April 11, 2019


Mozart: String Quintets Nos. 1-6 (complete). Klenke Quartett (Annegret Klenke and Beate Hartmann, violins; Yvonne Uhlemann, viola; Ruth Kaltenhäuser, cello); Harald Schoneweg, viola. Accentus Music. $39.99 (3 CDs).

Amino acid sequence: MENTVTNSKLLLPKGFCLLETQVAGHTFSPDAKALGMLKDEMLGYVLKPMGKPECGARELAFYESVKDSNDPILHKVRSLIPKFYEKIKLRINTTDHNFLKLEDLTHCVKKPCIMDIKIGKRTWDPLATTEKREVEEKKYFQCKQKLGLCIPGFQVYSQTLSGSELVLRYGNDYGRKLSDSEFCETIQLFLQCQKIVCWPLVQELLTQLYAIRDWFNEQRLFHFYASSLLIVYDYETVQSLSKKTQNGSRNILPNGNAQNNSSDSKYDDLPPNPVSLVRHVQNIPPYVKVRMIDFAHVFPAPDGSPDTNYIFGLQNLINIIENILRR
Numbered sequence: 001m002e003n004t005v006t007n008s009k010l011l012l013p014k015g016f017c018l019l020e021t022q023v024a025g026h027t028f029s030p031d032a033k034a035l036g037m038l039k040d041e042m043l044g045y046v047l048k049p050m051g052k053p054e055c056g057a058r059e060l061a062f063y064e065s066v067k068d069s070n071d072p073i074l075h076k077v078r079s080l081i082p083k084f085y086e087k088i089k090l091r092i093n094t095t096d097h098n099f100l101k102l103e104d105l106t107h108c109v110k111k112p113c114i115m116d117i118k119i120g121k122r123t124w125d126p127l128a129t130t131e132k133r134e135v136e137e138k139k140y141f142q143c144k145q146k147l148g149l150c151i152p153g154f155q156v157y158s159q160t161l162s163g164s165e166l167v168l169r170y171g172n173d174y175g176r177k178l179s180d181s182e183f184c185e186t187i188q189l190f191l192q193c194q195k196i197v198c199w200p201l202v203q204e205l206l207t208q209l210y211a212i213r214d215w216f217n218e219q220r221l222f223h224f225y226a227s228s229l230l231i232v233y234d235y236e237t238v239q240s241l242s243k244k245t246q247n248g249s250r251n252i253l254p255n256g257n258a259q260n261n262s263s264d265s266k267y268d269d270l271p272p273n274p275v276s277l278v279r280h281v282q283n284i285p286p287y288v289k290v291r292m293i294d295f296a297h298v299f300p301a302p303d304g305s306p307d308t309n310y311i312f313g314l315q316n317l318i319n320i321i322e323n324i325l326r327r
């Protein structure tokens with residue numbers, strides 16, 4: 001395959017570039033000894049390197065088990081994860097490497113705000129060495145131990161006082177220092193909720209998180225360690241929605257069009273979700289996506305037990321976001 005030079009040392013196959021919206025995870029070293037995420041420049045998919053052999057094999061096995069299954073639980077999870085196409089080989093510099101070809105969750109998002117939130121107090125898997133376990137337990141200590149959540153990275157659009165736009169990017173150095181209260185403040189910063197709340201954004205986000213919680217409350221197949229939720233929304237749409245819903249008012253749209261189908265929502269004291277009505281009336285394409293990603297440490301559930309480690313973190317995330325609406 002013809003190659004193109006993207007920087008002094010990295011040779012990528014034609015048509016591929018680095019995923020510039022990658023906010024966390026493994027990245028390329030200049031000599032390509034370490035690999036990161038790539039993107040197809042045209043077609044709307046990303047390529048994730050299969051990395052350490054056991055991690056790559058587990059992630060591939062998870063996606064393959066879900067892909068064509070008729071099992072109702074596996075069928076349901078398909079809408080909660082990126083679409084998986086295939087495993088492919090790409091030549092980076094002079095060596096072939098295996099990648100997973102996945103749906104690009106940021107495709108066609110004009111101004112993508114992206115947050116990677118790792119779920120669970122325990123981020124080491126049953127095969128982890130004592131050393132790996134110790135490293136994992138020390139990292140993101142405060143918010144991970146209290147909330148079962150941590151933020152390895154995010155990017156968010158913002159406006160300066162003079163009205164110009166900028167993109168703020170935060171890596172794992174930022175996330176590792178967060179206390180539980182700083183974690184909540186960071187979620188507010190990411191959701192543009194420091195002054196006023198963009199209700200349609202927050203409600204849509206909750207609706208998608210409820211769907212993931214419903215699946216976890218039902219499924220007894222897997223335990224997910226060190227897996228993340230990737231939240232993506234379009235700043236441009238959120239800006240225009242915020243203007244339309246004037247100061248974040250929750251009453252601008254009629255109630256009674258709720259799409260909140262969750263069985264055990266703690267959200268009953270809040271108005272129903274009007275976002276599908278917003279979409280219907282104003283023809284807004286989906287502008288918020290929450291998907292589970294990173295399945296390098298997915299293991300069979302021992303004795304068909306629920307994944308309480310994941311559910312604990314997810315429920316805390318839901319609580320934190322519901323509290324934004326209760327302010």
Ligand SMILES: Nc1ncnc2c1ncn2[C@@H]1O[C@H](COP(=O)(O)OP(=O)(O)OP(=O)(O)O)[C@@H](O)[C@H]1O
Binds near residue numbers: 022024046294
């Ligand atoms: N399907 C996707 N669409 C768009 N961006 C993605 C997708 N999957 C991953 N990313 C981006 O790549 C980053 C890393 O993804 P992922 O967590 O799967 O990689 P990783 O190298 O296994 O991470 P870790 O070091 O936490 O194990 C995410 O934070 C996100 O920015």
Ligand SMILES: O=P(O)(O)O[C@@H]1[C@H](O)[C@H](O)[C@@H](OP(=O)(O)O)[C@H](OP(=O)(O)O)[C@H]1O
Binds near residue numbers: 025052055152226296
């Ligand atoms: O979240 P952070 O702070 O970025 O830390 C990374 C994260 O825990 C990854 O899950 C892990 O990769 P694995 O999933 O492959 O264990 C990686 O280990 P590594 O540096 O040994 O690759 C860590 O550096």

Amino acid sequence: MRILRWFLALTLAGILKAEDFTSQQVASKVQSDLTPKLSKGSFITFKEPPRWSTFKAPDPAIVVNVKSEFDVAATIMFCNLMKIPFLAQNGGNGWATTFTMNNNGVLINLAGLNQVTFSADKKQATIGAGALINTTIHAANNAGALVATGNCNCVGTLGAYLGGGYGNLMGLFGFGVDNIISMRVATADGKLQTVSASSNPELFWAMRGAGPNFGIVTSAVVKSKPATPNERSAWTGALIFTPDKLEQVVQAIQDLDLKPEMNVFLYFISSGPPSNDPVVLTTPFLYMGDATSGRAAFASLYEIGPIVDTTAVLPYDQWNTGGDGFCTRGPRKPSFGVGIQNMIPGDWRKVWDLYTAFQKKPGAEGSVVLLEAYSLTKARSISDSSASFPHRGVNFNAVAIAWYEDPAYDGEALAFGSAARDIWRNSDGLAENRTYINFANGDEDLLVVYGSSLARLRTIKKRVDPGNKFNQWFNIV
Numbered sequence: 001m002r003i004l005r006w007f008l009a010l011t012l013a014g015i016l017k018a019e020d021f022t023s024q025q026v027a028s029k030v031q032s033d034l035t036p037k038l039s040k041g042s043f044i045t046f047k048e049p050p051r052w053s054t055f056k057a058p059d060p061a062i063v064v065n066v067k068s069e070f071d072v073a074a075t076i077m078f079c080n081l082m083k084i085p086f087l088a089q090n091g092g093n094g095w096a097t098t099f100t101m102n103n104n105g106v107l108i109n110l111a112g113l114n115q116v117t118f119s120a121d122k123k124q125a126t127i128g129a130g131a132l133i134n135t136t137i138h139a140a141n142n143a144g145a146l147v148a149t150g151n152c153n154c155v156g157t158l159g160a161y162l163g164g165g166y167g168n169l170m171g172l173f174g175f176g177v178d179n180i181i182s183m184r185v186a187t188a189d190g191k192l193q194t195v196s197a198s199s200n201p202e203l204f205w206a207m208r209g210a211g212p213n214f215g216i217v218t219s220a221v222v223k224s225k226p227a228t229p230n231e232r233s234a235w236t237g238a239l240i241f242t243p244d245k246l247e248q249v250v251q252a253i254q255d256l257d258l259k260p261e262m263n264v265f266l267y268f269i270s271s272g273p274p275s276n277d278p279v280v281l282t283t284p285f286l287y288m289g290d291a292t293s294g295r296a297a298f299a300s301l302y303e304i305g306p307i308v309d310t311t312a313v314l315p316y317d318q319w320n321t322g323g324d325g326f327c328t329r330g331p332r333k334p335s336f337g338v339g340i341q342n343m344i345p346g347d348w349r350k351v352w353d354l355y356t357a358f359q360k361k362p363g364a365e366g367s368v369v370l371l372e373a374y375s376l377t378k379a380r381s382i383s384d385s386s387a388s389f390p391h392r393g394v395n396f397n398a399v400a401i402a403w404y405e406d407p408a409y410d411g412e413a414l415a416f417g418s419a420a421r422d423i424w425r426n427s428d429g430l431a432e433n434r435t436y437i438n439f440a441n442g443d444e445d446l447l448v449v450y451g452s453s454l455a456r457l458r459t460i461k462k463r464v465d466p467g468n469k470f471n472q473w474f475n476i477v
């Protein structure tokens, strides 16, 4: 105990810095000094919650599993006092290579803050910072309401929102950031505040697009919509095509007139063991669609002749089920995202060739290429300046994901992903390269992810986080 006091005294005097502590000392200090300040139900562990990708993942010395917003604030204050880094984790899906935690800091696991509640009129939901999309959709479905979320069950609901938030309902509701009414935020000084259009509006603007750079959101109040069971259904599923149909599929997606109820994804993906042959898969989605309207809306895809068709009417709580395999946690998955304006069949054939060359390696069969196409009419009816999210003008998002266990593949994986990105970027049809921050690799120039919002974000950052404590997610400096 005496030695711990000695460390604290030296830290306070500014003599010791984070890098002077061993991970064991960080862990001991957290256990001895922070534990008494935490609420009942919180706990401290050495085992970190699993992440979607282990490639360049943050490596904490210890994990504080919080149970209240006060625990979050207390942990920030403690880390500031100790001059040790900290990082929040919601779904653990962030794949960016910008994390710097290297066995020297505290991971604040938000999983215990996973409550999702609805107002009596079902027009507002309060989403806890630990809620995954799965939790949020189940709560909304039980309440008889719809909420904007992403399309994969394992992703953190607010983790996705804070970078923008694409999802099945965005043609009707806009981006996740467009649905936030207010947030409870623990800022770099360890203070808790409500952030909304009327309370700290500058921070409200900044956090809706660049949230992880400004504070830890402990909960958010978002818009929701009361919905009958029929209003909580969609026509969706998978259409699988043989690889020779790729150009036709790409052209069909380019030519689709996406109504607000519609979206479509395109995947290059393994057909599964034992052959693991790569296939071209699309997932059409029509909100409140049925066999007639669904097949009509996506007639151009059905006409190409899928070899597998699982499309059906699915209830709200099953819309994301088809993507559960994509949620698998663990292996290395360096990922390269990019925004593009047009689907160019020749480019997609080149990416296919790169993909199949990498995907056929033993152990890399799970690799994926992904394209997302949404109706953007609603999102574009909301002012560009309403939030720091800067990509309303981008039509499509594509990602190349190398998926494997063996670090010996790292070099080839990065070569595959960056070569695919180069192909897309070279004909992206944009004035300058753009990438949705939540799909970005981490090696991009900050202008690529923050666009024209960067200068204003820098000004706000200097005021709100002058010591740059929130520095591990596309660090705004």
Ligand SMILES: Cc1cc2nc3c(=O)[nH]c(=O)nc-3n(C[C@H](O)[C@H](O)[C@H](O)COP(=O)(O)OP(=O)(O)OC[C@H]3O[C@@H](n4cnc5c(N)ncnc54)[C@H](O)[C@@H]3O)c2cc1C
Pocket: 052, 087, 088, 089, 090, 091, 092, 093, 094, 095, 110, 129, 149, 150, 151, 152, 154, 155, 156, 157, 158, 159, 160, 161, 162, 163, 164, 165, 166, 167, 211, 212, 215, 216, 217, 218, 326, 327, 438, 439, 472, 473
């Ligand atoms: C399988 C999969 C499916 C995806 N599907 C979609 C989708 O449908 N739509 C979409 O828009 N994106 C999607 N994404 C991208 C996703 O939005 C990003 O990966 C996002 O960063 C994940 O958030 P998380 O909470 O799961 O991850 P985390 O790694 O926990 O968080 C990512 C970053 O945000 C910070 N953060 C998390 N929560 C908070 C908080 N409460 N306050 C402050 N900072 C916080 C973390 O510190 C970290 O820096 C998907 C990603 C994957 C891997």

Hindemith: Sonatas for Viola Solo (complete). Luca Ranieri, viola. Brilliant Classics. $11.99.

Rebecka Sofia Ahvenniemi: Tacit-Citat-ion and other works. Ravello. $14.99.